In nearly 2,000 years of subsequent rule by Romans, Arabs, crusaders, Mamelukes, Turks, and Britons, Jerusalem never approached the majesty and importance enjoyed before Jesus' day.
To the followers of Islam it ranked behind Mecca and Medina in spiritual significance and far behind Baghdad, Cairo, and Damascus in political consequence.
Jerusalem was too far inland for the crusaders to hold. During the four centuries before 1916, it was little more than a corrupt, dirty, underpopulated backwater of the Ottoman Empire.
The British governed the city as part of a League of Nations Palestine mandate in trust for beneficiaries whose antagonistic interests they found incapable of reconciliation. The British quit the country in 1948, when Israel's existence as an independent nation was established. Israel wound up dividing Jerusalem with Transjordan (now Jordan) along armistice lines that would prove unsatisfactory to all concerned.
Jordan governed Jerusalem along with the rest of the West Bank for the next 19 years. Its rule perfectly mirrored its priorities, which were, first, the ascendency of Amman and the East Bank; second, the subordination if not eradication of a separate Palestinian identity -- at least among Palestinians living under Jordanian occupation; and third, a continued state of belligerency with Israel. The Jewish section of the old city was burned. Jewish holy places were defiled. Jews were forbidden to enter the Temple Mount or even visit the Western Wall of the destroyed Second Temple.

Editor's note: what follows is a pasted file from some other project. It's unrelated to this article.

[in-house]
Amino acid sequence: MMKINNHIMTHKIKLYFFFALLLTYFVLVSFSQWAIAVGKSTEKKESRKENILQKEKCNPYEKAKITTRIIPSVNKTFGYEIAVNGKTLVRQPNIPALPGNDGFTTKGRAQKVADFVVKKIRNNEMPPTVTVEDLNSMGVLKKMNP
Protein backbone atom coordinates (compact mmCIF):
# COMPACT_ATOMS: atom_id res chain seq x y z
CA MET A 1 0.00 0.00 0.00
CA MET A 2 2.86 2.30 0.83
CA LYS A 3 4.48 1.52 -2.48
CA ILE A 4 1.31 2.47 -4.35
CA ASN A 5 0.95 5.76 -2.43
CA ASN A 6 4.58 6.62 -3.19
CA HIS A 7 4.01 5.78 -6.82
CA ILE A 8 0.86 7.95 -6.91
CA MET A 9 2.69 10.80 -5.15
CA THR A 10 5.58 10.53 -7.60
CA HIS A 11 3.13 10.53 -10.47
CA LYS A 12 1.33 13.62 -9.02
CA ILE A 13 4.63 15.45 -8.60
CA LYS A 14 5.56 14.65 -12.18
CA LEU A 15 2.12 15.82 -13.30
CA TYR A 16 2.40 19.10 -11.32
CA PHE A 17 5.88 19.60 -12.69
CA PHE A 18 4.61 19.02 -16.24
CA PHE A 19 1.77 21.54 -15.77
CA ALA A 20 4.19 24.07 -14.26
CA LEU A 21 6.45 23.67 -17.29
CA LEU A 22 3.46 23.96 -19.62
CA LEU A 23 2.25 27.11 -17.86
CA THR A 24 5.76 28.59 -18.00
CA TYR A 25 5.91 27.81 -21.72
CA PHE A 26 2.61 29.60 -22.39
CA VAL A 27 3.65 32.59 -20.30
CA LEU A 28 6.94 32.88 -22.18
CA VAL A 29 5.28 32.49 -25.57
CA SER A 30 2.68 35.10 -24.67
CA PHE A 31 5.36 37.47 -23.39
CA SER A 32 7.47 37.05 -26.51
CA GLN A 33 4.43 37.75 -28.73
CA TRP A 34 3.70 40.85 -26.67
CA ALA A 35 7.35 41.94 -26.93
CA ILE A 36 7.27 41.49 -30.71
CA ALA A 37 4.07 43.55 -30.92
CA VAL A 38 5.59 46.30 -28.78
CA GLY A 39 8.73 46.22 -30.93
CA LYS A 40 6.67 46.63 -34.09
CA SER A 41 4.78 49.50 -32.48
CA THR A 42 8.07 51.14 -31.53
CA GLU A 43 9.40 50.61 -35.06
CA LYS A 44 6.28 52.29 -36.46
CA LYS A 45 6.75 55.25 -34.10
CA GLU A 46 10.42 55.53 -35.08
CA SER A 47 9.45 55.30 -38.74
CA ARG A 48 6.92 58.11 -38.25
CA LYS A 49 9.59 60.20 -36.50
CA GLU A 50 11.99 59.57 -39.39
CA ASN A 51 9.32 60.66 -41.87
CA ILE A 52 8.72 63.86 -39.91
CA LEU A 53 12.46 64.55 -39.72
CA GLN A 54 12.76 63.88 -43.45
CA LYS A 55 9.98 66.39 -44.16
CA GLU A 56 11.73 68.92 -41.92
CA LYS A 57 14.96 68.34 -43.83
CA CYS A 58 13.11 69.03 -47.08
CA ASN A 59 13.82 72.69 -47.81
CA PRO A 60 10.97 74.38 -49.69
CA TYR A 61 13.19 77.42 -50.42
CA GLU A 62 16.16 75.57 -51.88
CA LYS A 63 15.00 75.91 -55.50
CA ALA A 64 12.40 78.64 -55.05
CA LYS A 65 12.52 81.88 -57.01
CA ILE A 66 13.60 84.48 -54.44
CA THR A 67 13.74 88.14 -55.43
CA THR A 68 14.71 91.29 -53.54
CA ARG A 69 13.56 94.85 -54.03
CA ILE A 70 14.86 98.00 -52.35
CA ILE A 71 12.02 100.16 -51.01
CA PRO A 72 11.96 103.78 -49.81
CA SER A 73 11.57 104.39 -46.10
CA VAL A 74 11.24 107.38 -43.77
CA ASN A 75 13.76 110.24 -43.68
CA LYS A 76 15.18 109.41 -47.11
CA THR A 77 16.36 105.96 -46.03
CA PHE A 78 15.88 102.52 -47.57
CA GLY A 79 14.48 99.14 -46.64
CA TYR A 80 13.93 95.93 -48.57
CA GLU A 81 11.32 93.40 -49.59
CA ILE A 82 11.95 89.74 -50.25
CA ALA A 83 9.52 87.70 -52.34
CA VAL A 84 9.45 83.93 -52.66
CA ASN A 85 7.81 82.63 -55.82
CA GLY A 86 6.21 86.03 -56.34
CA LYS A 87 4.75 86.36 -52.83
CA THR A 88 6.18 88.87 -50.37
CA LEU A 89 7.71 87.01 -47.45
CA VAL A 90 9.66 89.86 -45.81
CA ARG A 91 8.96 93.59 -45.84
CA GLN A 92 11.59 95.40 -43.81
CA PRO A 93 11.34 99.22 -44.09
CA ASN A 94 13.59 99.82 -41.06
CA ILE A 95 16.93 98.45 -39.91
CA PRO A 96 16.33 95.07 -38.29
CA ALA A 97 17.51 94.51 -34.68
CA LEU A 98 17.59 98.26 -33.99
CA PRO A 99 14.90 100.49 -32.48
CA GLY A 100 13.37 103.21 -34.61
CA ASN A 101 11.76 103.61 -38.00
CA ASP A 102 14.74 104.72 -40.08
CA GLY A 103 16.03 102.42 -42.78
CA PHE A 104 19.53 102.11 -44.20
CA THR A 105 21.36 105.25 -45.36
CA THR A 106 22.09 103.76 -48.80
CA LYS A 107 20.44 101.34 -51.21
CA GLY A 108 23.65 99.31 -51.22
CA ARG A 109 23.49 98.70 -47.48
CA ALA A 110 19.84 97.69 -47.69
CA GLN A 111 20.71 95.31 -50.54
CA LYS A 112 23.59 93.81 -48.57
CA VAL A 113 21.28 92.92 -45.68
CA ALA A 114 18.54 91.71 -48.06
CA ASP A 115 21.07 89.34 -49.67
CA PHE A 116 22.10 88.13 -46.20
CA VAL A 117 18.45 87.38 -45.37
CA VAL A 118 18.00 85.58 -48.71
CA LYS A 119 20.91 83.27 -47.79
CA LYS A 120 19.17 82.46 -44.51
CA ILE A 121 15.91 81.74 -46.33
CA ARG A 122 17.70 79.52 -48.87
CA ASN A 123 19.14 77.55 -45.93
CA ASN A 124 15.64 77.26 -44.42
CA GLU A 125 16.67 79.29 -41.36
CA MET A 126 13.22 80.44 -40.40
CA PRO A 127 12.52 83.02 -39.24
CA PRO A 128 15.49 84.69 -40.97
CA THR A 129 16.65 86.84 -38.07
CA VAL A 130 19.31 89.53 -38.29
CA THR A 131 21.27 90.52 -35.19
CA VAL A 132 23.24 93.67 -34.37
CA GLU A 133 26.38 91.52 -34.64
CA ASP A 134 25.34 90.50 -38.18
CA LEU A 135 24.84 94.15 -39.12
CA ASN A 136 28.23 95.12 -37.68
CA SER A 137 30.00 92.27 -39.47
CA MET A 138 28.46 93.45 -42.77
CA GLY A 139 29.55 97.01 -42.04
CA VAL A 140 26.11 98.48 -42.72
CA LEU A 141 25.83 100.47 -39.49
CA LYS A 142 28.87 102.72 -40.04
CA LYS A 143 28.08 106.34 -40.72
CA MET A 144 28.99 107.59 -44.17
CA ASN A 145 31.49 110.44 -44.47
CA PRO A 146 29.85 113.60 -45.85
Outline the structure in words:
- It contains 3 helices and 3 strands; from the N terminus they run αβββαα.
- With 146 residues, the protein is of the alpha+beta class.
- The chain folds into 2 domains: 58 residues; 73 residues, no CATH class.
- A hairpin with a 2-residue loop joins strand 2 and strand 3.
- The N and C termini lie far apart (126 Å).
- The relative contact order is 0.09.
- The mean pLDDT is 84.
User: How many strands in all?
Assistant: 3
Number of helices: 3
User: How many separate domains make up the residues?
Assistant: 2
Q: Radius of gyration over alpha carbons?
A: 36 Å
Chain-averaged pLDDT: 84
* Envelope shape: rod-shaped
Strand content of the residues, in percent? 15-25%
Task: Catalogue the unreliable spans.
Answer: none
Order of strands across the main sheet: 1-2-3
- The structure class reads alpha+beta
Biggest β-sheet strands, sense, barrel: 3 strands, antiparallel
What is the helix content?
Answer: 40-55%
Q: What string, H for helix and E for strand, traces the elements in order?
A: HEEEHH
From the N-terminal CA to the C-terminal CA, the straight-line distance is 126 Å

Reconquered by Israel in 1967, Jerusalem has thrived in a way unique in recent millenniums. The population of some 300,000 -- more than one-third Arab -- is the largest ever. The holy places of all are protected and accessible. It is a clean, well-serviced, culturally and historically rich, intellectually vibrant, dynamic, and diverse municipality which, despite its modest size, can justifiably be numbered among the world's great capitals.
Jerusalem is intimately identified with Islam, Christianity, and Judaism.
Yet only Israel couples this with a political attachment of singular and special intensity. Israel cannot deny Jerusalem to humanity, but neither can humanity deny Jerusalem to Israel. Even among strident Palestinian nationalists there is scant sentiment for bisecting the city in the onerous pre-1967 fashion.